Belarus’ economic performance in 2015 depends on oil prices

April 22, 2016 19:38

The Belarusian government has envisaged economic growth in 2016 at 0.3%, based on the annual oil price of USD 50 per barrel on average. Due to slumped oil prices in late 2014 and early 2015, the economic forecast for 2015 was not met. If oil prices remain at USD 40 per barrel, the 2016 forecast will not be met either, and the Belarusian rouble exchange rate will require adjustments.

Belarus’ socio-economic development forecast for 2016 envisages GDP growth at 0.3%, inflation at 12% and BYR exchange rate at 19 350 per USD 1 by late 2016, excluding planned denomination. Its forecast for 2016 the Economy Ministry based on the Russian forecast of Economic Development 2016, where the annual average exchange rate of the Russian rouble was projected at RUR 63.3 to the US Dollar, and the price of oil at USD 50 per barrel.

In 2015, Belarus’ GDP growth would be around 0.2-0.7%. In January – November 2015, Belarus’ GDP fell by 3.9%, while BYR depreciated against the US Dollar by 70%, and the majority of projected development indicators in foreign trade and industry were not achieved. A sharp fall in oil prices was to blame. The 2015 forecast envisaged oil prices at USD 83 per barrel and the Russian rouble exchange rate at RUR 43 per USD 1. Meanwhile in late 2015, the oil price is around USD 45. Low oil prices have led to a weaker Russian rouble, a recession in Russia and a drop in export of Belarusian goods to Russia.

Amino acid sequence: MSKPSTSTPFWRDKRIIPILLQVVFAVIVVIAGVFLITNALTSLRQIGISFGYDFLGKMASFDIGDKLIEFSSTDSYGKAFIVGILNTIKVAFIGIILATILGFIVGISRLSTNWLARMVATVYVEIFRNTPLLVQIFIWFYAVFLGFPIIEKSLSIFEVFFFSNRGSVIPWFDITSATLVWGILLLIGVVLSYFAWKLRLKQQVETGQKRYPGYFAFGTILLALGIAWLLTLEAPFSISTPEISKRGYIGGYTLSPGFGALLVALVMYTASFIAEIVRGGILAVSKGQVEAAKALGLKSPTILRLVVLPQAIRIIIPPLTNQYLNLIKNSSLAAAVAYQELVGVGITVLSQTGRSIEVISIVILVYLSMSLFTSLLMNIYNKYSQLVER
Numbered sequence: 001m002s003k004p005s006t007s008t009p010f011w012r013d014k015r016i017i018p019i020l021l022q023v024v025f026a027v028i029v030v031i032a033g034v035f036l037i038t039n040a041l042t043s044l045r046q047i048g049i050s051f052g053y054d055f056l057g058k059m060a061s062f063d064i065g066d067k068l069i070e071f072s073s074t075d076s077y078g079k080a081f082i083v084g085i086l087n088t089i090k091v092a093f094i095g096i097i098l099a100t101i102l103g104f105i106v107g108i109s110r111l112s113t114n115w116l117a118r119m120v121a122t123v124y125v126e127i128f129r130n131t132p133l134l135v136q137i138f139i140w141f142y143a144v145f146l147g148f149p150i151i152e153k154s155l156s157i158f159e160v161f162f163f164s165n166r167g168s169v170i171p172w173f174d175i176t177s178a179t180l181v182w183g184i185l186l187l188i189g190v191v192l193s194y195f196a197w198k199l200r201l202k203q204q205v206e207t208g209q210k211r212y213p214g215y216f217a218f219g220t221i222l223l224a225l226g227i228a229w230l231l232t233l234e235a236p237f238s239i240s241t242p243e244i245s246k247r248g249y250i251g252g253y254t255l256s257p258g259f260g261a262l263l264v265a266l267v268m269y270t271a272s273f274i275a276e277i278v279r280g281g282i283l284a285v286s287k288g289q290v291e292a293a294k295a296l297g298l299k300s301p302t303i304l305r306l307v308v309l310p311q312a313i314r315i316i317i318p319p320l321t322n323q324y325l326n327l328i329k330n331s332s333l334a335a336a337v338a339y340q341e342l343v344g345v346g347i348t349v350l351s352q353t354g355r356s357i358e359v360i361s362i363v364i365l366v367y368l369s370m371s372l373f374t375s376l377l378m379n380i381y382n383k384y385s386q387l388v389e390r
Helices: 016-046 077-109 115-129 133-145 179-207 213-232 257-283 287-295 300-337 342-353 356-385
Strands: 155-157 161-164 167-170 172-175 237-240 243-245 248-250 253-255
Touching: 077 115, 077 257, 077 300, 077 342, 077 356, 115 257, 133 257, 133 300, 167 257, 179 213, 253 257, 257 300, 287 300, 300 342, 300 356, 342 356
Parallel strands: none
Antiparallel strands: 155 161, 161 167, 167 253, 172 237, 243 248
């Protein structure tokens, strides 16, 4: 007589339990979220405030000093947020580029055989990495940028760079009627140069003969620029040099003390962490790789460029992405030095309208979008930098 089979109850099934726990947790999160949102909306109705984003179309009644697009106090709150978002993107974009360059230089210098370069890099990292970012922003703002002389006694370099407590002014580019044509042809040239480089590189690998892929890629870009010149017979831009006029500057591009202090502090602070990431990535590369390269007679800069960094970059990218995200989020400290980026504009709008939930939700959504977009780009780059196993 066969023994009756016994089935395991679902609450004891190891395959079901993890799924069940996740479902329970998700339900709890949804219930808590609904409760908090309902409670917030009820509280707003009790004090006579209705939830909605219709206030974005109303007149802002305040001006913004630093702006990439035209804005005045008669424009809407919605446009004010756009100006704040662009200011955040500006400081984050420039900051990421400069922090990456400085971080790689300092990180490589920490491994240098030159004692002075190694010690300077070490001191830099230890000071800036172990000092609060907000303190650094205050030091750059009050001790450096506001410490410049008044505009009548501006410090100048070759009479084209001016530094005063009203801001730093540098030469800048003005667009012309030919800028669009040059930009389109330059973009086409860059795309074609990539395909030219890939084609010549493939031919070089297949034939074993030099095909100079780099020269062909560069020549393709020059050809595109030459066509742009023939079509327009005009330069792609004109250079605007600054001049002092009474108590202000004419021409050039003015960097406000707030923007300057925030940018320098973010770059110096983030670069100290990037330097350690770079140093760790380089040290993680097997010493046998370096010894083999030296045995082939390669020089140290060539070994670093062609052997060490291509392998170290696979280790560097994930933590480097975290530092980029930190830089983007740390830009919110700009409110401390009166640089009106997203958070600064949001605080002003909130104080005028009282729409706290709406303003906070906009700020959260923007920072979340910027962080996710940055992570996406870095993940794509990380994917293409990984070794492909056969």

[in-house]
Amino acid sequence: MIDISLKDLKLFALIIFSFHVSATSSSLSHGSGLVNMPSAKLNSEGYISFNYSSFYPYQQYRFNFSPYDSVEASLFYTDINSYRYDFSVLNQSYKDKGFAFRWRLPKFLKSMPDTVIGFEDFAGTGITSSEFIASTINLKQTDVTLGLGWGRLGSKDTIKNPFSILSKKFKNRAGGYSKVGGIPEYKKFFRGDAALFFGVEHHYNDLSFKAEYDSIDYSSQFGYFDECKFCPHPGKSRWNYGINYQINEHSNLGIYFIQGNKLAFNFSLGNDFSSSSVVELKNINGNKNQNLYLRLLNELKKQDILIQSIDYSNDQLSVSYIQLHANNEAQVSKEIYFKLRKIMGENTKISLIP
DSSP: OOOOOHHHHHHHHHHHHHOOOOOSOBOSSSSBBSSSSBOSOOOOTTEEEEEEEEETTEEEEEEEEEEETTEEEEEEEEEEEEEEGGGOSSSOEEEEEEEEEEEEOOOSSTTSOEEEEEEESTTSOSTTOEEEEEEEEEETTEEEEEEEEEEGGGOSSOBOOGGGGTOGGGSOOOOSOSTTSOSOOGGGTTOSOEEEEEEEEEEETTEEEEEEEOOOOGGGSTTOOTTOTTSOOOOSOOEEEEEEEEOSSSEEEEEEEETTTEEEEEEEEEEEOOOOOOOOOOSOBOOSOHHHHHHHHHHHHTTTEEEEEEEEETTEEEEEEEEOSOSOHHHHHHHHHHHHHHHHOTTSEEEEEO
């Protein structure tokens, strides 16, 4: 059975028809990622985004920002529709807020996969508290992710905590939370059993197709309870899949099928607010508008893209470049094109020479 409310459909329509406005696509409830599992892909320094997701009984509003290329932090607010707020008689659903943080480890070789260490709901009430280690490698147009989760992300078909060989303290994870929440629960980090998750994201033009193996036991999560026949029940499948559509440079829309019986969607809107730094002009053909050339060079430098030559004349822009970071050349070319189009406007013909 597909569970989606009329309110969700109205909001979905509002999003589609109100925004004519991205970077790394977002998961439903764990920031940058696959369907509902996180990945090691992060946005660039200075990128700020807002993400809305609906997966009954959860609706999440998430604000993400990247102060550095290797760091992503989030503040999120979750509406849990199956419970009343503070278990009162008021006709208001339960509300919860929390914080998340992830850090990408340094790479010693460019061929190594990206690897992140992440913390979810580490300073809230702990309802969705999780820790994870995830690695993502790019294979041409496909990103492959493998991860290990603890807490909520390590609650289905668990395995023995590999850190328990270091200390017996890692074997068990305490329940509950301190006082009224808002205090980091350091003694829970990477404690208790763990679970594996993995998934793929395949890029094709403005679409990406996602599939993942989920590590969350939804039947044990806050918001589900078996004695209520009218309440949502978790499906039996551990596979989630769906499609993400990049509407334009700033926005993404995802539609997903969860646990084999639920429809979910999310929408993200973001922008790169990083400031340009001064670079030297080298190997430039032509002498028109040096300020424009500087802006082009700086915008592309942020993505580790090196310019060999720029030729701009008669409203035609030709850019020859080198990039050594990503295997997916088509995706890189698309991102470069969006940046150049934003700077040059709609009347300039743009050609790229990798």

The Belarusian economy is heavily dependent on the Russian market situation. Belarus’ exports to Russia make over 40% and more than 95% for some foodstuffs, such as cheese, beef, and sausages. The Russian economy is largely dependent on the oil price. With a further slump in oil prices to USD 40 per barrel, the Russian rouble may devalue to RUR 75 per USD 1, and the Russian economy will continue to stagnate, which will further reduce demand for investment and consumer goods from Belarus. Belarus may face difficulties with repaying her public debt due to reduced volume of export duty on oil, which is listed in the Belarusian budget. That said, the Belarusian currency depreciation by circa 15%-20% may be inevitable, and the majority of the forecast parameters for 2016 will not be met.

Overall, overestimated oil prices for 2015 have led to non-fulfilment of most socio-economic development parameters in Belarus. If oil price stays around USD 40 per barrel or lower, the Belarusian rouble will have to be devalued and the 2016 forecast will be failed.